[Women’s History Month] Career Advice
This past March, we celebrated Women’s History Month by recognizing women in HR & Talent Management who are an inspiration to their organization. We asked these women to share the best piece of career advice they have ever received.
Here is what they had to say:
“When you have something to say, communicate with confidence and conviction. It’s okay to disagree and voice your opinion. It’s okay to say no to a request that you cannot accommodate, or one that does not make good business sense. But if you are disagreeing explain why, and if you are saying no to a solution be prepared to offer alternatives.”
-Nyla Reed, Founding Partner, Educe Group
“The best piece of career advice I’ve received is “trust your gut”. It seems simple and somewhat intuitive, but to me trusting your gut is not about making impulsive decisions. Trusting your gut means making informed and thoughtful decisions. To be able to make informed and thoughtful decisions you must take the time to keep yourself updated in all aspects of your job and understand how it impacts your organization. In order to recognize what impacts your organization and how, you need to consistently think beyond your role. This piece of advice has helped me tremendously throughout my career.”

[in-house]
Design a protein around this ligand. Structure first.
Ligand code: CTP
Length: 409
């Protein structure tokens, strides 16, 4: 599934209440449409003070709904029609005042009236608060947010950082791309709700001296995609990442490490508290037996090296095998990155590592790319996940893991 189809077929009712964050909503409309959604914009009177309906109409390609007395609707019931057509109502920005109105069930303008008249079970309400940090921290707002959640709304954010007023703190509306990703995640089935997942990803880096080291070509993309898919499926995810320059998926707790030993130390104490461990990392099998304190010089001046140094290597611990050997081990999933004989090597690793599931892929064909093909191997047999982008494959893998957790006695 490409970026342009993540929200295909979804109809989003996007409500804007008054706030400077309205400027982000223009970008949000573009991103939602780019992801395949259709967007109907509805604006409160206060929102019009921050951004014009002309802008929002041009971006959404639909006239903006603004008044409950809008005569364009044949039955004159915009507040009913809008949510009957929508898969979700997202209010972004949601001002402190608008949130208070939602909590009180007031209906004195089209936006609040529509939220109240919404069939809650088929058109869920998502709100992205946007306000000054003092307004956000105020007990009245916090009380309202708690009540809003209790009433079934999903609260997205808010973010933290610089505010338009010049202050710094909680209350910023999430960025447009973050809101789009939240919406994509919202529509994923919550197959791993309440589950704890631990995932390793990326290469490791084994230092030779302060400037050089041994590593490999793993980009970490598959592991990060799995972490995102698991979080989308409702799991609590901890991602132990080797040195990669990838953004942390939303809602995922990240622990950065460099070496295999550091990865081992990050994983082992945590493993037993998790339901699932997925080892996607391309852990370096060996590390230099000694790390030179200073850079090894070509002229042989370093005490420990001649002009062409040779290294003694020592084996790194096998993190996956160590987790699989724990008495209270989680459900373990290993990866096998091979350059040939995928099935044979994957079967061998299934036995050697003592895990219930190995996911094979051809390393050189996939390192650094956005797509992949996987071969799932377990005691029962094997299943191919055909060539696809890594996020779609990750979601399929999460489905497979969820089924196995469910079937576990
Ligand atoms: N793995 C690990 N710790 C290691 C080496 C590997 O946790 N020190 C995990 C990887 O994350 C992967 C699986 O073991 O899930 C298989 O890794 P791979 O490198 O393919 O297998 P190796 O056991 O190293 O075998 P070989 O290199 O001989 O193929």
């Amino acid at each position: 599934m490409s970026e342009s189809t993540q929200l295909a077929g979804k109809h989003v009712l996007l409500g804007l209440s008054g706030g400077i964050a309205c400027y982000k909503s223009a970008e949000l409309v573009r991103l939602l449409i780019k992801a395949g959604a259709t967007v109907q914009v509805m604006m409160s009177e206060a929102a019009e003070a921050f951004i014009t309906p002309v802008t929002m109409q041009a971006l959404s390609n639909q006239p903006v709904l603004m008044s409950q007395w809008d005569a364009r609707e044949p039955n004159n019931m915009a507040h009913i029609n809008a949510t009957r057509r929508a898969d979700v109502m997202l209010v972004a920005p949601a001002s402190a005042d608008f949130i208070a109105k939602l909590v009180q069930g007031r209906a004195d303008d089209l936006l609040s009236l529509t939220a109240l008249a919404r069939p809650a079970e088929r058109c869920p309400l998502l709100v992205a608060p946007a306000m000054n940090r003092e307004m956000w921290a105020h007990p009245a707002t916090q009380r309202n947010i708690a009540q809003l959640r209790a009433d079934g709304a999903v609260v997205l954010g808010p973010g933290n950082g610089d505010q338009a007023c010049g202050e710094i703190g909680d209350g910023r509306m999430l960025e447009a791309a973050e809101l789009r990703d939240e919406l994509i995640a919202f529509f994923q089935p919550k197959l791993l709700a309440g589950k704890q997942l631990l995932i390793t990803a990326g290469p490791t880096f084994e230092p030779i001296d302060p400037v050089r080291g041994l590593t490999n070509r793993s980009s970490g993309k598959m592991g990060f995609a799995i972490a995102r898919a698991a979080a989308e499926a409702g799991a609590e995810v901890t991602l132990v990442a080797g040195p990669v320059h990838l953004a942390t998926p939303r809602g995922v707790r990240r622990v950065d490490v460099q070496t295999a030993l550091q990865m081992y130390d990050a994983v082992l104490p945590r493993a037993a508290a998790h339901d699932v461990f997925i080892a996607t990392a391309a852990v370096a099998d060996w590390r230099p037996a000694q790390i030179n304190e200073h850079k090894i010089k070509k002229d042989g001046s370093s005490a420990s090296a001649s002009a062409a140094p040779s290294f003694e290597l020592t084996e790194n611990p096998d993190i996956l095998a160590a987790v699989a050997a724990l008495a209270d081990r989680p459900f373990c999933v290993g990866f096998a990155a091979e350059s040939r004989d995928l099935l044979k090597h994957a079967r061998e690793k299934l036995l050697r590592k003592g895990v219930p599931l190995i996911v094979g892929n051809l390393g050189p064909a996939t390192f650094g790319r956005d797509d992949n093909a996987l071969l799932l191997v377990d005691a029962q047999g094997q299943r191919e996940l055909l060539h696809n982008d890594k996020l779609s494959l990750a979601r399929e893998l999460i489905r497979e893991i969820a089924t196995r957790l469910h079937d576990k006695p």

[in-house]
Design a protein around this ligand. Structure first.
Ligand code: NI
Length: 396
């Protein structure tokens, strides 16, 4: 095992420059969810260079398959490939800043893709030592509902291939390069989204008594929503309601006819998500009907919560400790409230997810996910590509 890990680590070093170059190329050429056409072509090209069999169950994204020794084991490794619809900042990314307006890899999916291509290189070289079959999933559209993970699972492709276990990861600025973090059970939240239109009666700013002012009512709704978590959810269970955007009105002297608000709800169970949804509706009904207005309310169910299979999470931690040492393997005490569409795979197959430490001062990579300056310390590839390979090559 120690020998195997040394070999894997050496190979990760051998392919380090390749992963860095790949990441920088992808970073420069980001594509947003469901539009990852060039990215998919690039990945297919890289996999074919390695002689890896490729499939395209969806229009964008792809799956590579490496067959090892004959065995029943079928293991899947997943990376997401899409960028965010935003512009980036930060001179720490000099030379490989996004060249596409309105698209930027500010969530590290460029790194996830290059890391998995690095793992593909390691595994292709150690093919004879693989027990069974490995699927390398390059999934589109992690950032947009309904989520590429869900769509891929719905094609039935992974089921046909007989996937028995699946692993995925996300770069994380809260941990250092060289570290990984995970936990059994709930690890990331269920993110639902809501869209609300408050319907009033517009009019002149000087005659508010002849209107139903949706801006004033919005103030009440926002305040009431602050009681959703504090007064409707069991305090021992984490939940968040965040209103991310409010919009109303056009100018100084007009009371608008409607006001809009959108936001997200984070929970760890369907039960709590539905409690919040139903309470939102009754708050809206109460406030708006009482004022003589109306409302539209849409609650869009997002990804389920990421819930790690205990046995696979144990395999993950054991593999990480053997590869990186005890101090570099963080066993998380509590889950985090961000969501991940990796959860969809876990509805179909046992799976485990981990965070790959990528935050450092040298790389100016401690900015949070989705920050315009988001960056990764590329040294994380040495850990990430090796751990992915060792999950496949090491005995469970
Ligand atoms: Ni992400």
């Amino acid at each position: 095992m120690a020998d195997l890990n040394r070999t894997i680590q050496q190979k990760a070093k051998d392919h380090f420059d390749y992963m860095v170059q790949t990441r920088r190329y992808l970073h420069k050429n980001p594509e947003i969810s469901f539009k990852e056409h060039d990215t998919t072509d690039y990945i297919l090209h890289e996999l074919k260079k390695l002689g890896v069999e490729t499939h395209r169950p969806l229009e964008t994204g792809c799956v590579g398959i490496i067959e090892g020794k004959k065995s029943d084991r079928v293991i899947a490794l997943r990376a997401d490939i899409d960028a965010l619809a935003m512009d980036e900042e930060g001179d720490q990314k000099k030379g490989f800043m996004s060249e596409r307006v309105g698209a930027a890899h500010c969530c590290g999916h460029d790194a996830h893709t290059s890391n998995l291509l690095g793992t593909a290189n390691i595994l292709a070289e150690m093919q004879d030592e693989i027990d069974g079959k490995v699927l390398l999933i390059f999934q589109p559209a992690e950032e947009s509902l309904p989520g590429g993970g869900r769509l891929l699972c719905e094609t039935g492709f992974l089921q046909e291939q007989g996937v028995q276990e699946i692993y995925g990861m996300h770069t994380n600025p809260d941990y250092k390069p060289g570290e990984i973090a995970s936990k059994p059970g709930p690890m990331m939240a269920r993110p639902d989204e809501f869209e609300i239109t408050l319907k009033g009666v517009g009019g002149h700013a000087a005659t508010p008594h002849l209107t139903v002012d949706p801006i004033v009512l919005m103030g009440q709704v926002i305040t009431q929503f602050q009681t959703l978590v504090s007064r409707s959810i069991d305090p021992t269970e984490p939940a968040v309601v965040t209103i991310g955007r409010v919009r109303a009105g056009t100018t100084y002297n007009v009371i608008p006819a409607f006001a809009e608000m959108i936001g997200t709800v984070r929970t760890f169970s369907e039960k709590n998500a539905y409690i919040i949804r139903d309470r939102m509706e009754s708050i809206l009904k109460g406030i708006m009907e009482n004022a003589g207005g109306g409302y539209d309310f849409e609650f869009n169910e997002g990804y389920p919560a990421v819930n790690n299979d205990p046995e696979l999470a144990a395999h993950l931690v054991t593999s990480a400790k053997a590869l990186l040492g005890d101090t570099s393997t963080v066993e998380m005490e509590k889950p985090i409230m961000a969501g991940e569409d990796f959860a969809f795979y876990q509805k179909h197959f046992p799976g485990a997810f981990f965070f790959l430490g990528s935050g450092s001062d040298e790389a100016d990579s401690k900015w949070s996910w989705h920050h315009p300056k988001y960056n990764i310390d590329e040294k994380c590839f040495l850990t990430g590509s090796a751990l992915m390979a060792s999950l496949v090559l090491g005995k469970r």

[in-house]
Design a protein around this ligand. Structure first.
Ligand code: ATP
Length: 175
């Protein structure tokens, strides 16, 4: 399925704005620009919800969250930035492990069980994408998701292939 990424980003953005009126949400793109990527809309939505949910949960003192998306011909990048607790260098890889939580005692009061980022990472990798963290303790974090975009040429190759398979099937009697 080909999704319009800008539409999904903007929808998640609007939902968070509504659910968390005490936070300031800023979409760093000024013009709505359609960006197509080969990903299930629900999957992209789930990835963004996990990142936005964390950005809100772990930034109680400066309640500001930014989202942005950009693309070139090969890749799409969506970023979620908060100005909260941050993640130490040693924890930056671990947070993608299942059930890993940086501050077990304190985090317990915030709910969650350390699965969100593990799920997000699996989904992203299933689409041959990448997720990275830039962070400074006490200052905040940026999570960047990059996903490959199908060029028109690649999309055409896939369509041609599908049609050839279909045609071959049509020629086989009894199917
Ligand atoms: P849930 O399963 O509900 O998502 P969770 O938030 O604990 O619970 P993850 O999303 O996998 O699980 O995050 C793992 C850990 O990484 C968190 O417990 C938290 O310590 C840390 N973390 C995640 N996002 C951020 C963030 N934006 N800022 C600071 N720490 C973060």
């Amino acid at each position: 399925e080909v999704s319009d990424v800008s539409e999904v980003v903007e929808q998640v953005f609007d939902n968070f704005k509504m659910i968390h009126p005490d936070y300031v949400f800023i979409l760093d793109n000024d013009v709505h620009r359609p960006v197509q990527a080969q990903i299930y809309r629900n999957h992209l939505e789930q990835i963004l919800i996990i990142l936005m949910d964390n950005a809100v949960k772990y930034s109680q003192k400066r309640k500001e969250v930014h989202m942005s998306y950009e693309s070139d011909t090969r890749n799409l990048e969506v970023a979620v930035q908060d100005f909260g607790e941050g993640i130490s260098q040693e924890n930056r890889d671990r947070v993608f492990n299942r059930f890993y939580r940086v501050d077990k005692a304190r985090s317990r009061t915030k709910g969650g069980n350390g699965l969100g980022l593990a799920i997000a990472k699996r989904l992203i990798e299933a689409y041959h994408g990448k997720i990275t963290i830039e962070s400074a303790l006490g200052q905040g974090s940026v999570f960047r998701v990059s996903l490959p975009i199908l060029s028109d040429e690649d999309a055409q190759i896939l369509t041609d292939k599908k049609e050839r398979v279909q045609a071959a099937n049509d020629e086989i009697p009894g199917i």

-Keisha Channer, Senior Professional Development Operations Manager, Sidley Austin LLP
“Concentrate on your personal brand! In the field of HR, there are many ways that you are connected to internal and external customers. It is important that you build rapport with those you encounter over your career. I make it my priority to focus on my customer service and passion for my role. I want everyone I meet to know how much I enjoy my job! I try to check in with each candidate during the recruiting process. Letting them know that you are listening means so much to those who may be nervous on the other side of the conversation.”
-MacKenzie Wild, Recruiting Specialist, Exact Sciences
“Be a chameleon when working and interacting with people. I utilize this advice every day as I work with a very diverse group of people. I try to understand their perspective and approach and tailor my responses and styles to align with theirs as closely as possible. It’s a head start in trying to find common ground during a challenging situation and it also helps me have smooth and effective communication on an ongoing basis.”
-Tiffany Appleby, VP, Alliances, North America, Cornerstone OnDemand
We invite you to share the best piece of career advice you have ever received. Reply in the comments box below.